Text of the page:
Climate change threatens sweet smell of morning coffee

Thu Nov 8, 2012 9:17am EST
 
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By Kate Kelland

LONDON (Reuters) - Rising temperatures due to climate change could mean wild arabica coffee is extinct in 70 years, posing a risk to the genetic sustainability of one of the world's basic commodities, scientists said.

Although commercial coffee growers would still be able to cultivate crops in plantations designed with the right conditions, experts say the loss of wild arabica, which has greater genetic diversity, would make it harder for plantations to survive long-term and beat threats like pests and disease.

A study by researchers at Britain's Royal Botanic Gardens at Kew in collaboration with scientists in Ethiopia found that 38 to 99.7 percent of the areas suitable for wild arabica will disappear by 2080 if predictions of rising temperatures pan out.

Because coffee is a highly climate-dependent crop, the increase of a few degrees of average temperature in growing regions can put at risk the future of Arabica coffee and the livelihood of millions of people who grow and produce it.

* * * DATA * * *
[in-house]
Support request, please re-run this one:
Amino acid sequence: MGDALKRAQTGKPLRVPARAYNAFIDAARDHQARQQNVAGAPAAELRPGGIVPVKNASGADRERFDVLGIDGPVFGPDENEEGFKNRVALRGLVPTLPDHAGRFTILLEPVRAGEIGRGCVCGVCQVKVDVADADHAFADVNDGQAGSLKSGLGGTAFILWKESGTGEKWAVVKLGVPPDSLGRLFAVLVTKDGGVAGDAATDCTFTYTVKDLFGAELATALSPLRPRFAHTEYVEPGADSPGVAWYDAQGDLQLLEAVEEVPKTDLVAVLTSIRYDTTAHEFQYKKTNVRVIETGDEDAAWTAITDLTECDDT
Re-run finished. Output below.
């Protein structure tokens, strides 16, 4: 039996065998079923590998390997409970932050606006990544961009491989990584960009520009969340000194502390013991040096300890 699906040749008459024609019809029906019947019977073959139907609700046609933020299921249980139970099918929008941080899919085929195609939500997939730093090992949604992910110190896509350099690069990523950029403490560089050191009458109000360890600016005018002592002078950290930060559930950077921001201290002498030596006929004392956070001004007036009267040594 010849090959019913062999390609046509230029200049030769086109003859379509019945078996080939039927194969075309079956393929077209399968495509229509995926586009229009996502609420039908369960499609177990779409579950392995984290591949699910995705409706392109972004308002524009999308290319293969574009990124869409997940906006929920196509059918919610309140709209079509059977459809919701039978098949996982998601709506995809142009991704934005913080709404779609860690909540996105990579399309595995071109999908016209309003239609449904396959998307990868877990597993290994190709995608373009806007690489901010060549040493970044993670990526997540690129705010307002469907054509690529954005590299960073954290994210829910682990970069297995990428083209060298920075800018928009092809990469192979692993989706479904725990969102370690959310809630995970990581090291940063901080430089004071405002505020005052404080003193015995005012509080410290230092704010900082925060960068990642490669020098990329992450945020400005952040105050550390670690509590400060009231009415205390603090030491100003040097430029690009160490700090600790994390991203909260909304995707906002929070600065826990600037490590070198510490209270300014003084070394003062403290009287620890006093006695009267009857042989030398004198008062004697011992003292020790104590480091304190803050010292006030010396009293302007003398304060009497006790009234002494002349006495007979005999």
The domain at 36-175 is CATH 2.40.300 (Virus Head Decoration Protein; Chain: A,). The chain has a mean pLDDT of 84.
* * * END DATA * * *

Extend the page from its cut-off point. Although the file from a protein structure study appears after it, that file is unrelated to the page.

"The extinction of arabica coffee is a startling and worrying prospect," said Aaron Davis, head of coffee research at the Royal Botanic Gardens, who led the study.

In a telephone interview, he said the findings made it even more important for organizations such as the World Coffee Research collaboration to continue work to improve the genetic strength of cultivated arabica by preserving wild types.

Researchers used computer modeling to analyze the influence of rising temperatures on the geographical distribution of wild arabica coffee.

The results, published in a the Public Library of Science journal PLOS ONE, showed a "profoundly negative influence" on the number and extent of wild arabica populations, the researchers said.   Continued...

 
A woman inspects coffee berries in a plantation near Viota in Cundinamarca province March 2, 2012. Colombia, the world's largest producer of high-quality Arabica beans, exported 7.7 million 60kg bags in 2011 and it is currently the third producer of coffee in the world. REUTERS/Jose Miguel Gomez